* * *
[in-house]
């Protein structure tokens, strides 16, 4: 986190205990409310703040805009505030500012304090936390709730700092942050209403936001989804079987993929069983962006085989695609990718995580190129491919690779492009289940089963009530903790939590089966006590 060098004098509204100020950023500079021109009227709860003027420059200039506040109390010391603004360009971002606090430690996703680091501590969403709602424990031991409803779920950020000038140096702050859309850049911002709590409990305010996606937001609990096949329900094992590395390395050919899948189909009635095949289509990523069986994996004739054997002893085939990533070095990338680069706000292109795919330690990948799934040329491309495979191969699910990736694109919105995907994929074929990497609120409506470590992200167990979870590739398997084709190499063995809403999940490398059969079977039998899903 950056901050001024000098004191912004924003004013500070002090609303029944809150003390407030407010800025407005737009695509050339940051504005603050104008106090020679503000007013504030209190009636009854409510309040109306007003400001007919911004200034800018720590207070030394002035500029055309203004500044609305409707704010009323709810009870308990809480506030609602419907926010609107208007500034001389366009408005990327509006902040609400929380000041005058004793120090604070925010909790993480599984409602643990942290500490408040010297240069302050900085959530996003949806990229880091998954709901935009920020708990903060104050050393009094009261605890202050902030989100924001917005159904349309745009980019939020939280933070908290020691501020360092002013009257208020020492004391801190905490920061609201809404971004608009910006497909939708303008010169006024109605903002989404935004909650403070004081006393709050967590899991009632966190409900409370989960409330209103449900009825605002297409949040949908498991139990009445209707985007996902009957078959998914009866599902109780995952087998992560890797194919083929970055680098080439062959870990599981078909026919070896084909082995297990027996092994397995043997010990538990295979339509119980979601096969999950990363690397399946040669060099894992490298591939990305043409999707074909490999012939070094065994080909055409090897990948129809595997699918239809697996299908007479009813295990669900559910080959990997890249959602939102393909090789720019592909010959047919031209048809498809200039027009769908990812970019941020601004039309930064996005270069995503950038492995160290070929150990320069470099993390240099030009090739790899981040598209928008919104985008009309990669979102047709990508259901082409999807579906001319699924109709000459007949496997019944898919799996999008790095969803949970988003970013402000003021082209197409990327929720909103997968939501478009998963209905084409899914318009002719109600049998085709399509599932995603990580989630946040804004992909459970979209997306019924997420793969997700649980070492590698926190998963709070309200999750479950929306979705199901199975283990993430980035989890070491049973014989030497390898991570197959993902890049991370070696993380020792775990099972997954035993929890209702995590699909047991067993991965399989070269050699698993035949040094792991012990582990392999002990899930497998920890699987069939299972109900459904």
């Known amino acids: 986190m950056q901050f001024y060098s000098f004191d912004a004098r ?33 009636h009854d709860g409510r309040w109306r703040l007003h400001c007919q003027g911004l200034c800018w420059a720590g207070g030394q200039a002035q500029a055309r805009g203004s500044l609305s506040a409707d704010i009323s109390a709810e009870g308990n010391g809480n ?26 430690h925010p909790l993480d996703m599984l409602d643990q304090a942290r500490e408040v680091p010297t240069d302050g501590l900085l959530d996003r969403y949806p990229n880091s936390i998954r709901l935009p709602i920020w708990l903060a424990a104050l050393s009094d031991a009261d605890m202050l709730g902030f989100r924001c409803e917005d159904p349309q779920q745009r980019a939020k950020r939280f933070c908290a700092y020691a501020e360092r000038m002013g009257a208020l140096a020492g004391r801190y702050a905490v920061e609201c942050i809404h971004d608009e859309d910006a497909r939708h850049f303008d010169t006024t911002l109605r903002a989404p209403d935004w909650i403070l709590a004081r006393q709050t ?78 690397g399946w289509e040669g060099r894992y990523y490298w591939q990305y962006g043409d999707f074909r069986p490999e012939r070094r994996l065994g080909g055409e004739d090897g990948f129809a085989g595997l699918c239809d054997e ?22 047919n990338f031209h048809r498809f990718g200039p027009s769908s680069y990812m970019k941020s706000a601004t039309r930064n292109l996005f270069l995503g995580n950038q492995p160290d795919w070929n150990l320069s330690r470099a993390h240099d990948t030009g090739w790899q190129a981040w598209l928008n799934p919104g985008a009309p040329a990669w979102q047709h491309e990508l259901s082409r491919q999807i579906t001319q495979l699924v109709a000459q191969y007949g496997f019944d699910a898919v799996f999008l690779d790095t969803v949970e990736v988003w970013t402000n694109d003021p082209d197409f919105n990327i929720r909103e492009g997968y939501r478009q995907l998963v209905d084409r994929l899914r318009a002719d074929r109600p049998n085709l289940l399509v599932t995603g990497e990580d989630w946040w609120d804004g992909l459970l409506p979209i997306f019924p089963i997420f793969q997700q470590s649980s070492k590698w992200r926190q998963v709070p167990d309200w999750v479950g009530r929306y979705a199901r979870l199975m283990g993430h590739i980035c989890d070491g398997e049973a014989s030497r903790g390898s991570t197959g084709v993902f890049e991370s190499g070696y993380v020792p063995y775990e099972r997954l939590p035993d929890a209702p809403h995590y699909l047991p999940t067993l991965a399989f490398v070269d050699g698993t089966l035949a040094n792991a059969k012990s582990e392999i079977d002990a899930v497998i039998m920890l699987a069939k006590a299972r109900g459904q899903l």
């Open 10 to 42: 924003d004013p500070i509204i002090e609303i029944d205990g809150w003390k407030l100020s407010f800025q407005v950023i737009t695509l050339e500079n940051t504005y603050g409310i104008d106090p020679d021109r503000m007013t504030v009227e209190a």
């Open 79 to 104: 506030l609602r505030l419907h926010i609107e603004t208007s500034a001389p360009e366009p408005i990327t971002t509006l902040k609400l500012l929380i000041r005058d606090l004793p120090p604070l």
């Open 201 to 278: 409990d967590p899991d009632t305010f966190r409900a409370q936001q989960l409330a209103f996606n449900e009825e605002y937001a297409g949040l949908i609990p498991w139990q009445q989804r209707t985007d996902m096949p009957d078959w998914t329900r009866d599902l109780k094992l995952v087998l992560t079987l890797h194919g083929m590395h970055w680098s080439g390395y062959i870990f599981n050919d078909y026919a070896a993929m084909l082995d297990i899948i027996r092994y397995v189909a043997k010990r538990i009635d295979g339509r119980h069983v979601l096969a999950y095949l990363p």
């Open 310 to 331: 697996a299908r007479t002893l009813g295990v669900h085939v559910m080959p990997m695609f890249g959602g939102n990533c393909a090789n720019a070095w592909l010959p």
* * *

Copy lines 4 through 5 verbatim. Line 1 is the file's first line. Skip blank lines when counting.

């Open 10 to 42: 924003d004013p500070i509204i002090e609303i029944d205990g809150w003390k407030l100020s407010f800025q407005v950023i737009t695509l050339e500079n940051t504005y603050g409310i104008d106090p020679d021109r503000m007013t504030v009227e209190a």
């Open 79 to 104: 506030l609602r505030l419907h926010i609107e603004t208007s500034a001389p360009e366009p408005i990327t971002t509006l902040k609400l500012l929380i000041r005058d606090l004793p120090p604070l």